Ethics Committees in Nursing Homes: Applying the Hospital Experience
The need to develop effective methods for addressing ethical issues in clinical care is even greater in nursing homes than acute care hospitals. Institutionalization in itself raises a basic concern about the privacy and self-determination of long-term care patients. This is heightened by the fact that although 50-70 percent of these residents suffer some impairment of their decisional capacity, many lack legal guardians or involved family members to serve as surrogate decisionmakers.  Lack of clarity about the role of aggressive treatment, the comparative frequency with which decisions about the use of potentially life-sustaining treatment must be made, and the minimal presence of physicians in daily care in nursing homes increase the need to create institutional means to respond to the ethical dimensions of patient care in these facilities.
Ethics committees, although still rare, are being formed with growing frequency in nursing homes.  Discussion of the role and composition of these committees in the literature is based largely on experience in the acute care setting. Ethics committees in hospitals recommend institutional policies, educate participants in the decisionmaking process, consult about ethical dilemmas in individual cases, and provide emotional support for professionals who confront ethical dilemmas in patient care. While both hospitals and long-term care facilities benefit from the policy development function of ethics committees, the relative importance of the remaining functions of ethics committees differs for each. The unique ethical issues that arise in long-term care suggest that a cautious approach should be taken to applying the lessons of the hospital experience to the nursing home when developing ethics committees.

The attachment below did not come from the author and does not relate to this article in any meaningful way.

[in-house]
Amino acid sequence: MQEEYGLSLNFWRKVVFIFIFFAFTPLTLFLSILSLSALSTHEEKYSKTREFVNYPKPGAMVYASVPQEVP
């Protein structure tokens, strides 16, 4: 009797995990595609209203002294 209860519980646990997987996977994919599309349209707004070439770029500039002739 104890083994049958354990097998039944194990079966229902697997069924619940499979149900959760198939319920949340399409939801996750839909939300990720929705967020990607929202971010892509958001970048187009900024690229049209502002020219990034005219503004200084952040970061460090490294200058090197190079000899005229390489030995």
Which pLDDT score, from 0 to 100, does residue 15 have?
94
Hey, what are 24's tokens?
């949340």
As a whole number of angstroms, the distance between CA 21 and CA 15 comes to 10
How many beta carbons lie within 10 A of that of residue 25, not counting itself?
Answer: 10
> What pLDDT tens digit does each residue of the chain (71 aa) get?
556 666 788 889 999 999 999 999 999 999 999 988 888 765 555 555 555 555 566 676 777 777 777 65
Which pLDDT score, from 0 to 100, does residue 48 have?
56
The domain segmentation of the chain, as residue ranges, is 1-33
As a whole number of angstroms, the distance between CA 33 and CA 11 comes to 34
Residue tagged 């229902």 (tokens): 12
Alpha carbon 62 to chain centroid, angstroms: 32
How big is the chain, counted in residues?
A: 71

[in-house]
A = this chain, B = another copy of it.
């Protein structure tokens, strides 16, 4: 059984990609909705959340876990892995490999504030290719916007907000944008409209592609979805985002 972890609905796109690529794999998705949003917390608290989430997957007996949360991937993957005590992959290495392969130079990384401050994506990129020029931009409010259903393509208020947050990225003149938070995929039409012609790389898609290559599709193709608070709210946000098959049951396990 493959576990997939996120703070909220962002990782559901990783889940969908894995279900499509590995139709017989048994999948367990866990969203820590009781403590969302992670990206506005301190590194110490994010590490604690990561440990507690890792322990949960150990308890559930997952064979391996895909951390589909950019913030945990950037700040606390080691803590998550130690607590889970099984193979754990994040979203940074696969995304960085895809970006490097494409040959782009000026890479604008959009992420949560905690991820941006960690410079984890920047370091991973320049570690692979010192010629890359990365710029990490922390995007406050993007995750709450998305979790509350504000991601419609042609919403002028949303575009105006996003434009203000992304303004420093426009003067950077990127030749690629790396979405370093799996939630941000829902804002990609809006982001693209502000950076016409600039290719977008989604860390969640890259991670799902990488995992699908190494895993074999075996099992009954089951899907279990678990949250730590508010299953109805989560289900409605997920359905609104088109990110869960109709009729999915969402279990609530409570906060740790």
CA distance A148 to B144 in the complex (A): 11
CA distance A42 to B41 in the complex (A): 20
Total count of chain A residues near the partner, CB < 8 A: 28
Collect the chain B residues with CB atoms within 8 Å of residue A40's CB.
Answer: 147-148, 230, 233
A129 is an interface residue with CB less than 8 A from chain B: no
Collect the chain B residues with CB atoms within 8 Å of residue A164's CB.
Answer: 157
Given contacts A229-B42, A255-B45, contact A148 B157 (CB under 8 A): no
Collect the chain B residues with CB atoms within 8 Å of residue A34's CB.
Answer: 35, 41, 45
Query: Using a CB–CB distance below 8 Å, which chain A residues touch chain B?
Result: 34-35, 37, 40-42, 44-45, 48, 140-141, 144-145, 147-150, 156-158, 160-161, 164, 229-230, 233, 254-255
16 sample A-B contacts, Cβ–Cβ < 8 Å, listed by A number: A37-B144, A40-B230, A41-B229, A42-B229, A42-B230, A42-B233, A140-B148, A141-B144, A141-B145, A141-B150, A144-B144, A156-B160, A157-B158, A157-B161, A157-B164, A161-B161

There should be a more limited need for ethics committees to review individual cases in nursing homes, since the trajectories of illness there tend to follow a more predictable course and can be more readily foreseen and planned for by residents and staff. Efforts to identify patient preferences can be initiated on admission or in the early months of placement before a crisis erupts. When patients are cognitively impaired at the time of placement, appropriate policies for identifying surrogate decisionmakers can also minimize the need for crisis-based committee review.
The high rate of staff turnover in long-term care facilities, in contrast with the greater stability of primary caregivers in the acute care setting, dictates the need for continual emphasis on education in clinical ethics in nursing homes. The educational role of ethics committees, consequently, seems even more important in nursing homes than in hospitals.